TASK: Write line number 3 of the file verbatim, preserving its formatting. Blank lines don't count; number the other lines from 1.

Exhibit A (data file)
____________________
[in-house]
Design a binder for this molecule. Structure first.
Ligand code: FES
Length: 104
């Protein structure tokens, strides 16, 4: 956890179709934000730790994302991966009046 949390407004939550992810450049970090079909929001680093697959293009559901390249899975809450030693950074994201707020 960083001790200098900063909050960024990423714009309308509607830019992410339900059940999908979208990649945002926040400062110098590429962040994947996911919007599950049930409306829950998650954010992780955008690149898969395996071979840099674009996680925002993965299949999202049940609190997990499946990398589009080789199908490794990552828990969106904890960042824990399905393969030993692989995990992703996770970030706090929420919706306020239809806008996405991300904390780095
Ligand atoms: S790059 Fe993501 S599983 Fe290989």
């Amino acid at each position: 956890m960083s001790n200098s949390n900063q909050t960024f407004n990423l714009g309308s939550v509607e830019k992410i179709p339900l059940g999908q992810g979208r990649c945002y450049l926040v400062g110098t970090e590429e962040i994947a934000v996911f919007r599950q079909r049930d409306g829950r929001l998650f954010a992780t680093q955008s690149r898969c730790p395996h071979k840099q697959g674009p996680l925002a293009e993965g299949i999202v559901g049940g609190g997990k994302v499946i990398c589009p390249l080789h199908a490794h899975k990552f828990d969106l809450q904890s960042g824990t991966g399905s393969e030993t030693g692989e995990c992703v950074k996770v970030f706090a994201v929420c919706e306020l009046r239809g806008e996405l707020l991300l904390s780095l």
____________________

Ligand code: FES